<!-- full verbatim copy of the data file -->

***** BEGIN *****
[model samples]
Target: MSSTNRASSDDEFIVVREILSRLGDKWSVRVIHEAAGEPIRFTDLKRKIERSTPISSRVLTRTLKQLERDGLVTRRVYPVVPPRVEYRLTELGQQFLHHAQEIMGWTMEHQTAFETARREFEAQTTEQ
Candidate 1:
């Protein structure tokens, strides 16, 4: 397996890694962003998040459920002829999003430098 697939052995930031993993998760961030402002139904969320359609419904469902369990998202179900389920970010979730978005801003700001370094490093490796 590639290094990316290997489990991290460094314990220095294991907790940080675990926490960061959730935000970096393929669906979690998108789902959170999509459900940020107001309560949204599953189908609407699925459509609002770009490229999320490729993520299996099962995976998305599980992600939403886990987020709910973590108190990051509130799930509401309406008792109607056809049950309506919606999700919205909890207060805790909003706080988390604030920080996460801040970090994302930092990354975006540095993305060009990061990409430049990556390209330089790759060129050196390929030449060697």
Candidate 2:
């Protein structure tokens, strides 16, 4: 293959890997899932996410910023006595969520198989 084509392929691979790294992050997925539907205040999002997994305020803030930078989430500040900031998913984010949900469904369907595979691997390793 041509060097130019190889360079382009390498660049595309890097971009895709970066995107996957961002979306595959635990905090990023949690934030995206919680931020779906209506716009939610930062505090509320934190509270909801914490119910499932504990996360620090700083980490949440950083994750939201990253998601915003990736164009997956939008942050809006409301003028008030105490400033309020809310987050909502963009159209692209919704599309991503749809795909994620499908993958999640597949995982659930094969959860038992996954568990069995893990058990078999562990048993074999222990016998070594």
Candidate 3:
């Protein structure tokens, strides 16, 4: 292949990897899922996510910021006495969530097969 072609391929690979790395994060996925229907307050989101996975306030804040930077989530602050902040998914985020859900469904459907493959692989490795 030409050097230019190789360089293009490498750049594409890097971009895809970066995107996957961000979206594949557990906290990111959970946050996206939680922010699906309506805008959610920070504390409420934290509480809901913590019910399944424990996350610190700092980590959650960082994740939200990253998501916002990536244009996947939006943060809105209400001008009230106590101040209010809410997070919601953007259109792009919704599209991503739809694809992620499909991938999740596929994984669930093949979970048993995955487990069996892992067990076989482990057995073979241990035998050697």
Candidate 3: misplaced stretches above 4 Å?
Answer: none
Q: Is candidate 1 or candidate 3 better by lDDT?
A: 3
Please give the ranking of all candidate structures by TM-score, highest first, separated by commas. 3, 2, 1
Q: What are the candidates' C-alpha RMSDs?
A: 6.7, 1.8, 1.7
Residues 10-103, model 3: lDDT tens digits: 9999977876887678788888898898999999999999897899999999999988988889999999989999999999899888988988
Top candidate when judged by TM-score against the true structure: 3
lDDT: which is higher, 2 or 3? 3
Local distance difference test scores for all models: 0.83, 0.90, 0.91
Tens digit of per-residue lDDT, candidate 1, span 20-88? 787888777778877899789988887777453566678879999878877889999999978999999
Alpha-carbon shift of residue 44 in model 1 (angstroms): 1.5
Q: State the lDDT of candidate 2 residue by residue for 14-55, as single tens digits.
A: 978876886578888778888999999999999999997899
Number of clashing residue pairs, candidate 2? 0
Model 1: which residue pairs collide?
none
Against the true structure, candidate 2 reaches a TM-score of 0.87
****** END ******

[model samples]
Target: MSSTNRASSDDEFIVVREILSRLGDKWSVRVIHEAAGEPIRFTDLKRKIERSTPISSRVLTRTLKQLERDGLVTRRVYPVVPPRVEYRLTELGQQFLHHAQEIMGWTMEHQTAFETARREFEAQTTEQ
Candidate 1:
């Protein structure tokens, strides 16, 4: 397996890694962003998040459920002829999003430098 697939052995930031993993998760961030402002139904969320359609419904469902369990998202179900389920970010979730978005801003700001370094490093490796 590639290094990316290997489990991290460094314990220095294991907790940080675990926490960061959730935000970096393929669906979690998108789902959170999509459900940020107001309560949204599953189908609407699925459509609002770009490229999320490729993520299996099962995976998305599980992600939403886990987020709910973590108190990051509130799930509401309406008792109607056809049950309506919606999700919205909890207060805790909003706080988390604030920080996460801040970090994302930092990354975006540095993305060009990061990409430049990556390209330089790759060129050196390929030449060697």
Candidate 2:
């Protein structure tokens, strides 16, 4: 293959890997899932996410910023006595969520198989 084509392929691979790294992050997925539907205040999002997994305020803030930078989430500040900031998913984010949900469904369907595979691997390793 041509060097130019190889360079382009390498660049595309890097971009895709970066995107996957961002979306595959635990905090990023949690934030995206919680931020779906209506716009939610930062505090509320934190509270909801914490119910499932504990996360620090700083980490949440950083994750939201990253998601915003990736164009997956939008942050809006409301003028008030105490400033309020809310987050909502963009159209692209919704599309991503749809795909994620499908993958999640597949995982659930094969959860038992996954568990069995893990058990078999562990048993074999222990016998070594």
Candidate 3:
């Protein structure tokens, strides 16, 4: 292949990897899922996510910021006495969530097969 072609391929690979790395994060996925229907307050989101996975306030804040930077989530602050902040998914985020859900469904459907493959692989490795 030409050097230019190789360089293009490498750049594409890097971009895809970066995107996957961000979206594949557990906290990111959970946050996206939680922010699906309506805008959610920070504390409420934290509480809901913590019910399944424990996350610190700092980590959650960082994740939200990253998501916002990536244009996947939006943060809105209400001008009230106590101040209010809410997070919601953007259109792009919704599209991503739809694809992620499909991938999740596929994984669930093949979970048993995955487990069996892992067990076989482990057995073979241990035998050697």
Candidate 3: misplaced stretches above 4 Å?
Answer: none
Q: Is candidate 1 or candidate 3 better by lDDT?
A: 3
Please give the ranking of all candidate structures by TM-score, highest first, separated by commas. 3, 2, 1
Q: What are the candidates' C-alpha RMSDs?
A: 6.7, 1.8, 1.7
Residues 10-103, model 3: lDDT tens digits: 9999977876887678788888898898999999999999897899999999999988988889999999989999999999899888988988
Top candidate when judged by TM-score against the true structure: 3
lDDT: which is higher, 2 or 3? 3
Local distance difference test scores for all models: 0.83, 0.90, 0.91
Tens digit of per-residue lDDT, candidate 1, span 20-88? 787888777778877899789988887777453566678879999878877889999999978999999
Alpha-carbon shift of residue 44 in model 1 (angstroms): 1.5
Q: State the lDDT of candidate 2 residue by residue for 14-55, as single tens digits.
A: 978876886578888778888999999999999999997899
Number of clashing residue pairs, candidate 2? 0
Model 1: which residue pairs collide?
none
Against the true structure, candidate 2 reaches a TM-score of 0.87